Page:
Specific modifications of colchicine followed by synthesis of its analogues have been tested in vitro with the objective of lowering colchicine toxicity. Our previous studies have clearly shown the anticancer potential of double-modified colchicine derivatives in C-7 and C-10 positions. Here, a series of novel triple-modified colchicine derivatives is reported. They have been obtained following a four-step strategy. In vitro cytotoxicity of these compounds has been evaluated against four human tumor cell lines (A549, MCF-7, LoVo, and LoVo/DX). Additionally, the mode of binding of the synthesized compounds was evaluated in silico using molecular docking to a 3D structure of β-tubulin based on crystallographic data from the Protein Data Bank and homology methodology. Binding free energy estimates, binding poses, and MlogP values of the compounds were obtained. All triple-modified colchicine derivatives were shown to be active at nanomolar concentrations against three of the investigated cancer cell lines (A549, MCF-7, LoVo). Four of them also showed higher potency against tumor cells over normal cells as confirmed by their high selectivity index values. A vast majority of the synthesized derivatives exhibited several times higher cytotoxicity than colchicine, doxorubicin, and cisplatin.

PMID: 30463236 [PubMed]

Antiproliferative Activity and Molecular Docking of Novel Double-Modified Colchicine Derivatives.

9 months 2 weeks ago
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Antiproliferative Activity and Molecular Docking of Novel Double-Modified Colchicine Derivatives.

Cells. 2018 Nov 01;7(11):

Authors: Majcher U, Klejborowska G, Moshari M, Maj E, Wietrzyk J, Bartl F, Tuszynski JA, Huczyński A

Abstract
Microtubules are tubulin polymer structures, which are indispensable for cell growth and division. Its constituent protein β-tubulin has been a common drug target for various diseases including cancer. Colchicine has been used to treat gout, but it has also been an investigational anticancer agent with a known antimitotic effect on cells. However, the use of colchicine as well as many of its derivatives in long-term treatment is hampered by their high toxicity. To create more potent anticancer agents, three novel double-modified colchicine derivatives have been obtained by structural modifications in C-4 and C-10 positions. The binding affinities of these derivatives of colchicine with respect to eight different isotypes of human β-tubulin have been calculated using docking methods. In vitro cytotoxicity has been evaluated against four human tumor cell lines (A549, MCF-7, LoVo and LoVo/DX). Computer simulations predicted the binding modes of these compounds and hence the key residues involved in the interactions between tubulin and the colchicine derivatives. Two of the obtained derivatives, 4-bromothiocolchicine and 4-iodothiocolchicine, were shown to be active against three of the investigated cancer cell lines (A549, MCF-7, LoVo) with potency at nanomolar concentrations and a higher relative affinity to tumor cells over normal cells.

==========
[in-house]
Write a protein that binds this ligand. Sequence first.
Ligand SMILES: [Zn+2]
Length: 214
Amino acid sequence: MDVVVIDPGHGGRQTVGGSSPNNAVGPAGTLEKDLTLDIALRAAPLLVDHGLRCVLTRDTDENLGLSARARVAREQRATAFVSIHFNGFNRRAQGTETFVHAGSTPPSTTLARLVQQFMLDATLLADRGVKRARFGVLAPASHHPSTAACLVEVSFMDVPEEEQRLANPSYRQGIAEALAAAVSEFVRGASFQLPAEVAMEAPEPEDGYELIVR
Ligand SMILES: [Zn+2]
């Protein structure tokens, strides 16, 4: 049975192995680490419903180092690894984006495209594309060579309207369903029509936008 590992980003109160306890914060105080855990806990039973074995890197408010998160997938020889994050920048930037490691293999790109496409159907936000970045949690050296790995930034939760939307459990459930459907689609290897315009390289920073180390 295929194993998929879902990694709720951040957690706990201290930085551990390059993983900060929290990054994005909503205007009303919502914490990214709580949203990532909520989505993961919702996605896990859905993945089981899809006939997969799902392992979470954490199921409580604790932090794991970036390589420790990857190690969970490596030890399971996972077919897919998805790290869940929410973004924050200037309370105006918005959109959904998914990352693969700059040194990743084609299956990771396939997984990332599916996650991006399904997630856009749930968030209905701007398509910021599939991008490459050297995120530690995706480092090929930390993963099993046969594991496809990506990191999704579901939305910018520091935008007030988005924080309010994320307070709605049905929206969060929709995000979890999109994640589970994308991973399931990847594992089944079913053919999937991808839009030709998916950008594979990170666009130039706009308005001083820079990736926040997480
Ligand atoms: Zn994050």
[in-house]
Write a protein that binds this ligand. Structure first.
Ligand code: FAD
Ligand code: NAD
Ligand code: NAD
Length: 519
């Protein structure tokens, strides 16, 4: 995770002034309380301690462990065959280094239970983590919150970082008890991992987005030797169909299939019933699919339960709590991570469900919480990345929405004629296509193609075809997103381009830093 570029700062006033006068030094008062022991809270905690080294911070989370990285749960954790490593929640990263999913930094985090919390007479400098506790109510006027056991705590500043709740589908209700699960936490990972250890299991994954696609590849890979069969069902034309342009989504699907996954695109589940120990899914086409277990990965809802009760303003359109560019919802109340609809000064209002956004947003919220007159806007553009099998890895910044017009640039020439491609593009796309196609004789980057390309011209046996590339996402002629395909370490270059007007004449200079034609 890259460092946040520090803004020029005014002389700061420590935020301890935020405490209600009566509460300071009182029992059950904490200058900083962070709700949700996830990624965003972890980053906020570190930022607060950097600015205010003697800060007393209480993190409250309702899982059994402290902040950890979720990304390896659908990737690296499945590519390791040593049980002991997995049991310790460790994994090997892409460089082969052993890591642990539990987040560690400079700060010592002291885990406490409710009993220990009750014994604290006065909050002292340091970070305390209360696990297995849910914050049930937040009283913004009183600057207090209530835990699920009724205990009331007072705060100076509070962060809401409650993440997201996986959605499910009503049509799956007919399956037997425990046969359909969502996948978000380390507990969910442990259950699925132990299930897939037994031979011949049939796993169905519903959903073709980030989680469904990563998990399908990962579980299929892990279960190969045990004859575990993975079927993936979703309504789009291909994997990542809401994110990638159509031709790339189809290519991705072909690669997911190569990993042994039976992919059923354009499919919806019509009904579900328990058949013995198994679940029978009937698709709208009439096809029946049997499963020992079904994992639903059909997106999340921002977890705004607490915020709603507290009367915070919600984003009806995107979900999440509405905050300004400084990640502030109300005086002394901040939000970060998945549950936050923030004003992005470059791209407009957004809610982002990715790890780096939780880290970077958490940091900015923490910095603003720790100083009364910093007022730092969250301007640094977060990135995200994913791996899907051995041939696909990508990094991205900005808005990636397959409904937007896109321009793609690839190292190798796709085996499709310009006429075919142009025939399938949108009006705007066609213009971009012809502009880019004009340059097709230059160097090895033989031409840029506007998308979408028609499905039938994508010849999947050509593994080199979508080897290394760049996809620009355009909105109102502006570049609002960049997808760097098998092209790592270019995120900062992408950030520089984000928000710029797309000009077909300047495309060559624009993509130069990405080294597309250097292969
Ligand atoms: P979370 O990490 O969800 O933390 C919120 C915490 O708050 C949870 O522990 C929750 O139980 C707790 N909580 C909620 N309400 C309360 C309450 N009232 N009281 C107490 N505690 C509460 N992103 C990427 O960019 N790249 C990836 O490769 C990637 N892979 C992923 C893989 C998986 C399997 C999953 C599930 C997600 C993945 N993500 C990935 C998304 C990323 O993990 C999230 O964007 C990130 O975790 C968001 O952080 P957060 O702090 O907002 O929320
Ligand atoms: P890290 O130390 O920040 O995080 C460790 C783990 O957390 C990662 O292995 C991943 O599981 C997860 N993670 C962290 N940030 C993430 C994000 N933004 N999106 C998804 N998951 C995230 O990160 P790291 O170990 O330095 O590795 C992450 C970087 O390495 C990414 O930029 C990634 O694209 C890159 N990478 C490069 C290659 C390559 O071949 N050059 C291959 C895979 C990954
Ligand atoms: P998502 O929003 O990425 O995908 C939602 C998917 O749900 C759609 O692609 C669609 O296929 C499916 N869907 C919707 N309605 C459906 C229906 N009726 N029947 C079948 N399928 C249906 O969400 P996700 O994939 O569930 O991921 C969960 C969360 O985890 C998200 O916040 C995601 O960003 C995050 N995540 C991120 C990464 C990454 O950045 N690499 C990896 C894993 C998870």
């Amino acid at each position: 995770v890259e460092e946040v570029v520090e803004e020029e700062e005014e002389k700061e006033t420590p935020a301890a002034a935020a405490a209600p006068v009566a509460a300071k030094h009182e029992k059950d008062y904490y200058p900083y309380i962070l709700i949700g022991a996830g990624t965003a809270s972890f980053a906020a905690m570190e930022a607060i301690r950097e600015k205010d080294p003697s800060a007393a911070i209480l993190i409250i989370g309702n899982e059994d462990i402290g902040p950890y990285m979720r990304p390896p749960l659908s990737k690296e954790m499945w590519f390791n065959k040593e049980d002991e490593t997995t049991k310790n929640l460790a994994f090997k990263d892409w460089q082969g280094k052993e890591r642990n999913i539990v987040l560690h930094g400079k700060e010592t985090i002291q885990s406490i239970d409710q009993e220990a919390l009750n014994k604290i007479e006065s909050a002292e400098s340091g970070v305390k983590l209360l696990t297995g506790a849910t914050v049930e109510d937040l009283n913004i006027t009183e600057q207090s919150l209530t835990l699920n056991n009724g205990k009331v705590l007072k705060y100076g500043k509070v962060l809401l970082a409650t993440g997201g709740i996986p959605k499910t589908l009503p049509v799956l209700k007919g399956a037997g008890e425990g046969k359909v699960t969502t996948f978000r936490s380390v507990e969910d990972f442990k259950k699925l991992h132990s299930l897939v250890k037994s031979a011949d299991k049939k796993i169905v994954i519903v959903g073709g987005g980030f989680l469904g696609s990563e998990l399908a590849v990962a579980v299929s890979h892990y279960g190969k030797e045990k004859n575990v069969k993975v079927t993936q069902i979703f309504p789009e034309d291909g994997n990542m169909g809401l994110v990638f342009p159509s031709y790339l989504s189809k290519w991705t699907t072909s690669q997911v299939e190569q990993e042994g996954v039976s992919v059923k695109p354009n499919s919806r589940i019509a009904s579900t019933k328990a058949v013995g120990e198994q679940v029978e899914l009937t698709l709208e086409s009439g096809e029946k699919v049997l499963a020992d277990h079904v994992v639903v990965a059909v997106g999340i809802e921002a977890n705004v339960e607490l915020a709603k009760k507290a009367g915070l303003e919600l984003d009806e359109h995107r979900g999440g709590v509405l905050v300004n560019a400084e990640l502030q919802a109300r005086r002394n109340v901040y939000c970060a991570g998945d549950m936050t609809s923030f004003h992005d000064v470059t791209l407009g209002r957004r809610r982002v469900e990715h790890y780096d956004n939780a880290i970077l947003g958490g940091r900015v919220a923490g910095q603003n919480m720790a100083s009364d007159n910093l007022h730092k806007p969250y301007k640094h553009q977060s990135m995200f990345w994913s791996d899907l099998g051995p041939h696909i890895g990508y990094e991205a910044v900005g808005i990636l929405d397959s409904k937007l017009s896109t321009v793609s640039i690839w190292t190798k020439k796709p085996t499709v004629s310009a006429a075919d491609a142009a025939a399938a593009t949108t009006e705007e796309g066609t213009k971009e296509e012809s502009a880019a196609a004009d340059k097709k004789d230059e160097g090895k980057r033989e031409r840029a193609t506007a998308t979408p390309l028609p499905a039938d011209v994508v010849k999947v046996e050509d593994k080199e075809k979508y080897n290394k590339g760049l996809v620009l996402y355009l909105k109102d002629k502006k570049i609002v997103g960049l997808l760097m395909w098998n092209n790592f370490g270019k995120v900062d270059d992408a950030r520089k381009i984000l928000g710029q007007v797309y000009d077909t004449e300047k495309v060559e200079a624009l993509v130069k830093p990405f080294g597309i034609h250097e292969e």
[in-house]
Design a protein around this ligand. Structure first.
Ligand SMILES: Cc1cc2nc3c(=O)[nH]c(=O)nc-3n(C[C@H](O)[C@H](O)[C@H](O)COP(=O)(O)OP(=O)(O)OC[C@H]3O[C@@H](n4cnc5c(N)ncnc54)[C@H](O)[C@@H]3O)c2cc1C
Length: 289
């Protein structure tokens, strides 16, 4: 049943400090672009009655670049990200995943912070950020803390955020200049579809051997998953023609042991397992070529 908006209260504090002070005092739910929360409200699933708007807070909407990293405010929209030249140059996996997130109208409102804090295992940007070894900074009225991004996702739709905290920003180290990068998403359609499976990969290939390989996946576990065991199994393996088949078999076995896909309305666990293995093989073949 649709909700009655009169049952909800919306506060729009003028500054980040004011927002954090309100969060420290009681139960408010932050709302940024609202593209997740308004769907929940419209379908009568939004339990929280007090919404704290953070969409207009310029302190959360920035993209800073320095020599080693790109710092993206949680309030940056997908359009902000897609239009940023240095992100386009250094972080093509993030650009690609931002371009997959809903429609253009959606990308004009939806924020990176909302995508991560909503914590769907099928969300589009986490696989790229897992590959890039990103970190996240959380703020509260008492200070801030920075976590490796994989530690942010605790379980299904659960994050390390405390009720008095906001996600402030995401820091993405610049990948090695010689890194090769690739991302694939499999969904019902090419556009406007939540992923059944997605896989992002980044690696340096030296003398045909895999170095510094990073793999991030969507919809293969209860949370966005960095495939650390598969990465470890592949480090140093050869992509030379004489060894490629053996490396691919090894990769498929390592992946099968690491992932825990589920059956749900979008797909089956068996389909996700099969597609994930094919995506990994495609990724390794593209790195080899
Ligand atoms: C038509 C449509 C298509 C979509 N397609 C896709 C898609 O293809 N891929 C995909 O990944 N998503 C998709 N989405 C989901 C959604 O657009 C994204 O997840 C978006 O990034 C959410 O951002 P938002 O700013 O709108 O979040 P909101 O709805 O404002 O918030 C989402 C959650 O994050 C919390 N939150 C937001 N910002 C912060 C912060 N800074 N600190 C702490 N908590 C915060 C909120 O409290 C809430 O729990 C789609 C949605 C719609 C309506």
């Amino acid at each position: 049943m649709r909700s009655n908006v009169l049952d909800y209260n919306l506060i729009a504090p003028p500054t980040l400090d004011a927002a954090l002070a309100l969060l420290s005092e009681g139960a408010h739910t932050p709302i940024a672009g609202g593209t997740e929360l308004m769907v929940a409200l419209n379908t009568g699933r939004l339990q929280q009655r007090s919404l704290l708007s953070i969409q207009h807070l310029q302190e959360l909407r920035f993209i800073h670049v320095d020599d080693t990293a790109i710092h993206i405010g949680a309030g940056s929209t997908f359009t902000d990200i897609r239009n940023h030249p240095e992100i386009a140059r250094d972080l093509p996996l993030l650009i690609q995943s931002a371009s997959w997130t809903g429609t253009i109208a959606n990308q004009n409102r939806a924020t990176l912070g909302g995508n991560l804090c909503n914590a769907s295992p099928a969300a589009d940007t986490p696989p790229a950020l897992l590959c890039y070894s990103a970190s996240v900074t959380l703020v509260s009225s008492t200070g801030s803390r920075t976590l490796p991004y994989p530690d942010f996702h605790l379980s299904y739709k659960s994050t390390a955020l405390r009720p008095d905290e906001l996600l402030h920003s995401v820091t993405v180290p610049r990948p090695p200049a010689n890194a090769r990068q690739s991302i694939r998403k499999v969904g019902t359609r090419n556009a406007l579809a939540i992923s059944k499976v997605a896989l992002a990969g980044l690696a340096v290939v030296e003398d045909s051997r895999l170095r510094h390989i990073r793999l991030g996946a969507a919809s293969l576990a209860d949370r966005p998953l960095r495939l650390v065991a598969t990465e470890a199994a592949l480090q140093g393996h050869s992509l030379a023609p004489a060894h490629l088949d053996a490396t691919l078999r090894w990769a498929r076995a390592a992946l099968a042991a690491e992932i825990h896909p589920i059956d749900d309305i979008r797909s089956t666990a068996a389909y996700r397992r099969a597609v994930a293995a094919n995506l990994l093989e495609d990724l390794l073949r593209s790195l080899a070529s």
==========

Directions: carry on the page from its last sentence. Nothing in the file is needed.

PMID: 30388878 [PubMed]

Synthesis, antiproliferative activity and molecular docking of thiocolchicine urethanes.

10 months 3 weeks ago
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Synthesis, antiproliferative activity and molecular docking of thiocolchicine urethanes.

Bioorg Chem. 2018 12;81:553-566

Authors: Majcher U, Urbaniak A, Maj E, Moshari M, Delgado M, Wietrzyk J, Bartl F, Chambers TC, Tuszynski JA, Huczyński A

Abstract
A number of naturally occurring compounds such as paclitaxel, vinblastine, combretastatin, and colchicine exert their therapeutic effect by changing the dynamics of tubulin and its polymer form, microtubules. The identification of tubulin as a potential target for anticancer drugs has led to extensive research followed by clinical development of numerous compounds from several families. In this paper we report on the design, synthesis and in vitro evaluation of a group of thiocolchicine derivatives, modified at ring-B, labelled here compounds 4-14. These compounds have been obtained in a simple reaction of 7-deacetyl-10-thiocolchicine 3 with eleven different alcohols in the presence of triphosgene. These novel agents have been checked for anti-proliferative activity against four human cancer cell lines and their mode of action has been confirmed as colchicine binding site inhibition (CBSI) using molecular docking. Molecular simulations provided rational tubulin binding models for the tested compounds. On the basis of in vitro tests, derivatives 4-8 and 14 demonstrated the highest potency against MCF-7, LoVo and A549 tumor cell lines (IC50 values = 0.009-0.014 μM). They were more potent and characterized by a higher selectivity index than several standard chemotherapeutics including cisplatin and doxorubicin as well as unmodified colchicine. Further, studies revealed that colchicine and its several derivatives arrested MCF-7 cells in mitosis, while its selected derivatives caused microtubule depolymerization.